Donna Usher — Contemplation, Miriam Singer — Endless Day, September 5 – October 11, 2014

Posted on: Friday, August 29th, 2014

Donna Usher Donna Usher | Hear the Joy, Contemplation 5 | Acrylic on panel | 58" x 44" | 2014

Donna Usher


Miriam Singer Miriam Singer | Yesterdays' Scraps | Pencil, ink, marker, intaglio, acrylic collage adhered to panel | 18” x 12” | 2014

Miriam Singer

Endless Day

DONNA USHER — Contemplation

September 5 – October 11, 2014
Artist Reception, September 6, 5 – 7 pm
First Fridays, September 5 & October 3, 6 – 8:30

LGTripp Gallery is pleased to announce the exhibition of recent works by Donna Usher and Miriam Singer, each in their second solo shows with the gallery and third with the gallerist.

Complex expressions require basic vocabularies. Composers need libraries of notation to craft symphonies; artists need foundational visual vocabularies to create insight. Usher and Singer both use abstraction as a means of communication and exploration, but they choose different foundational marks. Usher uses the circle and spiral to delve into the connections of the natural world, while Singer uses the square as her basic measurement for the built environment. Hanging in proximity, Usher’s paintings and Singer’s drawings provide a dynamic and balanced perspective on the natural and constructed environments.

The large acrylic panels that make up Donna Usher’s Contemplation series beckon the viewer to be still and immersed in fluid washes of brilliant colors and swirling clouds of orbs. Inspired by the fundamental shapes that order the universe, connecting it across levels of scale, Usher utilizes spirals that evoke both nebulae and nautili, circles that elicit atoms or planetary bodies, and luscious amorphous color fields that recall both water and sky. Usher’s use of nontraditional tools, such as palms, arm swipes, sponges, metal stylists, alcohol, and other substances, to apply the paint builds a texturally rich surface. Layered and overlapped, the forms create paintings which stretch deep into a space simultaneously macro and micro.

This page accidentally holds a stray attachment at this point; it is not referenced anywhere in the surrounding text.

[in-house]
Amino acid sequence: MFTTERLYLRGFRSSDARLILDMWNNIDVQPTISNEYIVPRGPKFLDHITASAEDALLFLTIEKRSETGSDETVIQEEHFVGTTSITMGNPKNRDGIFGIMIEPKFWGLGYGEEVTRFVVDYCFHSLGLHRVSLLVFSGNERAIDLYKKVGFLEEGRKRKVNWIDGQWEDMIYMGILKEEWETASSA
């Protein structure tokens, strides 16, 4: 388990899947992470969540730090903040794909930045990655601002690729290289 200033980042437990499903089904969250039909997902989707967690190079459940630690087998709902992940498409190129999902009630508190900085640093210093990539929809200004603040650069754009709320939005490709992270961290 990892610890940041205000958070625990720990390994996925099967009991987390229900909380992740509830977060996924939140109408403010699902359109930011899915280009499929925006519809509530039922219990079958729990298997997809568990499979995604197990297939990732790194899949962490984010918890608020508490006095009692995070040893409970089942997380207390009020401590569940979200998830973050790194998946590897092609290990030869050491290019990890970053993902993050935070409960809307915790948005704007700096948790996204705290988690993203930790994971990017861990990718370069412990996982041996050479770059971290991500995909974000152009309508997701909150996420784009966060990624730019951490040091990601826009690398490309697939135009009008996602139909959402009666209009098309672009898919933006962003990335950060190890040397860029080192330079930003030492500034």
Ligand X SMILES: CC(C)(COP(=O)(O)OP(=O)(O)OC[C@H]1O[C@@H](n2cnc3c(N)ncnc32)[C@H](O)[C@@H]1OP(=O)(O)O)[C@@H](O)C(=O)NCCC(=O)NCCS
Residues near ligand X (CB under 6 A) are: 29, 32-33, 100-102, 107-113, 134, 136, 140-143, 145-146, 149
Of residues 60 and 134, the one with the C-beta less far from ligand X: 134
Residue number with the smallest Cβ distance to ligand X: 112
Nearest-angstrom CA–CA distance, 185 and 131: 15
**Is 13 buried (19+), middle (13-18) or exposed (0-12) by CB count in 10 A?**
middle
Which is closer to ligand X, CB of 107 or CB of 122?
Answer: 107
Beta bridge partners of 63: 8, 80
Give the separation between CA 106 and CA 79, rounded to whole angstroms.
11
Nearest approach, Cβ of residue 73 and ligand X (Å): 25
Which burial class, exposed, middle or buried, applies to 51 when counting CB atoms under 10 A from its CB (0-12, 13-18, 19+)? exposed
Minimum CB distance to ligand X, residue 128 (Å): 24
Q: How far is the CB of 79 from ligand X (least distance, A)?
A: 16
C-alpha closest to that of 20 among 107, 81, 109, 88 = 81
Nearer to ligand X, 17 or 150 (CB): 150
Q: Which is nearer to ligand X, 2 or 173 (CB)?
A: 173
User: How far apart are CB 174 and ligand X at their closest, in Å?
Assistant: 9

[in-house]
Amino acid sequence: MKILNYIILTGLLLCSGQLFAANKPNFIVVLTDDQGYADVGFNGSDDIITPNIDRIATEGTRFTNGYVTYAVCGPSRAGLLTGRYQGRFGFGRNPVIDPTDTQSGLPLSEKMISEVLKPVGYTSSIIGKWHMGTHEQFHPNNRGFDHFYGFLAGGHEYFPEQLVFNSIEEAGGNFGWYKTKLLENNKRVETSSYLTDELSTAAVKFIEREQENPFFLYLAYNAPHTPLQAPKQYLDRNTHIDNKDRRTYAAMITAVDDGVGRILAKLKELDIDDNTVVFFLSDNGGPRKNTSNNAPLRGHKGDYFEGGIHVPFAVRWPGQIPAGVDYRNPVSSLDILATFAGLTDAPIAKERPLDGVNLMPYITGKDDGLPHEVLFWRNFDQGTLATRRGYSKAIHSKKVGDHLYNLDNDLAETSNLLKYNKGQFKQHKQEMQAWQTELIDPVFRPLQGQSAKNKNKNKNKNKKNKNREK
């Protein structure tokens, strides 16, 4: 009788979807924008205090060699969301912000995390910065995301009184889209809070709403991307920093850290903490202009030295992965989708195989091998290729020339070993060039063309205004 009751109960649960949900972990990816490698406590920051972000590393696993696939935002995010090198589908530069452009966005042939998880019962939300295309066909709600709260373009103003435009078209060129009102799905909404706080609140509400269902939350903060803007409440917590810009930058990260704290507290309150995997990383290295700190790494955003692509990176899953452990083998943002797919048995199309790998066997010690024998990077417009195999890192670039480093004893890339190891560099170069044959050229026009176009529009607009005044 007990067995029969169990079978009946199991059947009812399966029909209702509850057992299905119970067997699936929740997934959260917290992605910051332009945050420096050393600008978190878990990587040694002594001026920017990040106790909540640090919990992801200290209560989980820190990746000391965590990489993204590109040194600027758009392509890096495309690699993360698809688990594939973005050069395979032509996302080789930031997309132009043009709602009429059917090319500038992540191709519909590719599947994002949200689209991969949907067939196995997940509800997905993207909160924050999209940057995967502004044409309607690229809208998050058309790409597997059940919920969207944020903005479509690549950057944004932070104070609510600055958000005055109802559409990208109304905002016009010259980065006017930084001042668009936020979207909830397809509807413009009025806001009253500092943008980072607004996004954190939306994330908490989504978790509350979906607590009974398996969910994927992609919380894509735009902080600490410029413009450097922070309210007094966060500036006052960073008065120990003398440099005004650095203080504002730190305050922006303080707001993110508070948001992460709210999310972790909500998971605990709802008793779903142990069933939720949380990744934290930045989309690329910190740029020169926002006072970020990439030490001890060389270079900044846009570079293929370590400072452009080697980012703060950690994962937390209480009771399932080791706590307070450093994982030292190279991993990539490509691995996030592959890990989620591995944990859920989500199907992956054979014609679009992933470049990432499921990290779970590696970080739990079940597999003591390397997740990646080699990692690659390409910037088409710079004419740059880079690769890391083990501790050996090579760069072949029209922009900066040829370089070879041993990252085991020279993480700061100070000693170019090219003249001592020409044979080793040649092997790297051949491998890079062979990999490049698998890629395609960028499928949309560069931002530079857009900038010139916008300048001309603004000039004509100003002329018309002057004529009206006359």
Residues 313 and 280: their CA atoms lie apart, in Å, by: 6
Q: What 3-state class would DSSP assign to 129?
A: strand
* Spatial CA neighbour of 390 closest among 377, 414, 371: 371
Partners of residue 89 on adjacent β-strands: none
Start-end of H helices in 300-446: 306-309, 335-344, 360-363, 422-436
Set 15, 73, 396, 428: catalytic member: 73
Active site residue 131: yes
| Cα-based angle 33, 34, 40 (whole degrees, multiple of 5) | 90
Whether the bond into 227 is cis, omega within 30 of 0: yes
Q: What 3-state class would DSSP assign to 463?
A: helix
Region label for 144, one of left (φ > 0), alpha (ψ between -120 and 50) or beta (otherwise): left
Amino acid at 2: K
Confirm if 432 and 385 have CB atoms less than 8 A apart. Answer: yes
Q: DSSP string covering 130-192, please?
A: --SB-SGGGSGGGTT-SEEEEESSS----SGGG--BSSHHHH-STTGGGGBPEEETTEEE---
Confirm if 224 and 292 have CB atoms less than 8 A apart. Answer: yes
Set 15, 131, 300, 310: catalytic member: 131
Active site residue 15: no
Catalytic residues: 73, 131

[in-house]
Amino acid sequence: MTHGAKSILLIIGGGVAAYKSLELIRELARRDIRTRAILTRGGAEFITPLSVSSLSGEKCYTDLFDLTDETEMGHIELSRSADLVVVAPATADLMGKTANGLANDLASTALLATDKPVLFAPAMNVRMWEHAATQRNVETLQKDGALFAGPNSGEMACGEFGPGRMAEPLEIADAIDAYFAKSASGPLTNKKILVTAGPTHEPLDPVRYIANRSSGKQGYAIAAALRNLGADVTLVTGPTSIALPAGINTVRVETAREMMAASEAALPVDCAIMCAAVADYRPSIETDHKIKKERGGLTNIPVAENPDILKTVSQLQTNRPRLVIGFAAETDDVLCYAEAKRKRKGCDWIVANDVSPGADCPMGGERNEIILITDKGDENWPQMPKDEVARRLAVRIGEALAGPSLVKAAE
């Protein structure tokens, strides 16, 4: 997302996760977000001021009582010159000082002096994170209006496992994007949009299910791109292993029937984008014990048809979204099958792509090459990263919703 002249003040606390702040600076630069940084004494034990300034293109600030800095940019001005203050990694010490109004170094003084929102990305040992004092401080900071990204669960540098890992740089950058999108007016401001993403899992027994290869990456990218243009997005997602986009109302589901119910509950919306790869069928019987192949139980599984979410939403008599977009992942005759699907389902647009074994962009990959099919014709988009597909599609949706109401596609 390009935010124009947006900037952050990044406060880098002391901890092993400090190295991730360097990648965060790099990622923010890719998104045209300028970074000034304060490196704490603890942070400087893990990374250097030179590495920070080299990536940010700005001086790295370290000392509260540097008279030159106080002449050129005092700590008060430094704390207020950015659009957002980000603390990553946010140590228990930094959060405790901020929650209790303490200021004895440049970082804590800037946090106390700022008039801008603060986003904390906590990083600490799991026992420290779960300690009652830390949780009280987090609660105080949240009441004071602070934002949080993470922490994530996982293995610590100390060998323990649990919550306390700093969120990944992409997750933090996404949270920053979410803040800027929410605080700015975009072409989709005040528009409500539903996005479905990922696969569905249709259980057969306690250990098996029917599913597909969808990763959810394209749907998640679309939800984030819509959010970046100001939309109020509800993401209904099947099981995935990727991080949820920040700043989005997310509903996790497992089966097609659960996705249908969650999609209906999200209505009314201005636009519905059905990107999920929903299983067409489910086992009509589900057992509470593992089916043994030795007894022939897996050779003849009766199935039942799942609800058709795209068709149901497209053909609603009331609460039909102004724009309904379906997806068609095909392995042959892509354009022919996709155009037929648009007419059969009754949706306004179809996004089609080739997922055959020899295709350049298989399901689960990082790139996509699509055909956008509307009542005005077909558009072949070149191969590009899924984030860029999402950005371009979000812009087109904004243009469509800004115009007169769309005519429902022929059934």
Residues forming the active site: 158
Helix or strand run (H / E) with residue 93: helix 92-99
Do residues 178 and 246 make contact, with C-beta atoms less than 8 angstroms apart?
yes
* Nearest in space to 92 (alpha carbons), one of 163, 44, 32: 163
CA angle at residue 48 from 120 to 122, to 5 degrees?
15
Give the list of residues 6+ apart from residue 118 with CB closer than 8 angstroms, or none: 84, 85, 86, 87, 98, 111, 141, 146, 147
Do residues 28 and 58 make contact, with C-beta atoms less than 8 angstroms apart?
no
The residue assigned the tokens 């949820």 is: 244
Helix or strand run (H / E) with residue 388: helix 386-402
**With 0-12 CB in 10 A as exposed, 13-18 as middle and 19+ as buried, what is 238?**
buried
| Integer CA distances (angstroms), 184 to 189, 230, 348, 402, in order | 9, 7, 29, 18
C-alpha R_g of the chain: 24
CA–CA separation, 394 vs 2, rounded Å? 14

Donna Usher received her BFA in painting and a BS in art education from Moore College of Art and Design and an MFA with honors from the University of Delaware. An associate professor at West Chester University, Usher has exhibited her work throughout the United States, including at the Philadelphia International Airport, as well as in Italy, Egypt, Mexico, Croatia, and China. In addition to receiving numerous exhibition awards, her work is in the permanent collections of The Museum of Cozumel in Cozumel, Mexico, The National Centre of Fine Arts in Cairo, Egypt, The Reading Art Museum in Reading, PA. and a number of corporations and universities.

In the drawings that comprise her Endless Day series, Miriam Singer uses dense stacks of shape, color and pattern to construct highly playful, cacophonous depictions of a city that is both familiar and imaginary. Her process is intrinsically linked to her own explorations of Philadelphia. A walk through the city becomes itself a sketching exercise—her sensory observations of the environment are mentally filed and then reinterpreted and translated on paper later. Drawings she creates on site, sometimes over multiple days in multiple locations, become the collaged base which can either be added to or erased. Says Singer, “I think about a finished and unfinished moment in time together on the same field…The city metaphorically building and disappearing at once, as a metaphor to time changing and being in flux.”

Miriam Singer earned a BA from Brandeis University and an MFA from the Massachusetts College of Art in Boston. She has participated in juried and invitational group exhibitions in Philadelphia and Pittsburgh and has had solo exhibitions at the Philadelphia International Airport, the Painted Bride Art Center, LGTripp Gallery, and Gallery Siano. The lead artist on two projects for the Philadelphia Mural Arts Program, her large mosaic collaboration with artist Emilie Ledieu, “Under the Clothespin”, can be found in the underground entrance to the Centre Square building; her mural, “Take Me to the River,” in Fishtown.

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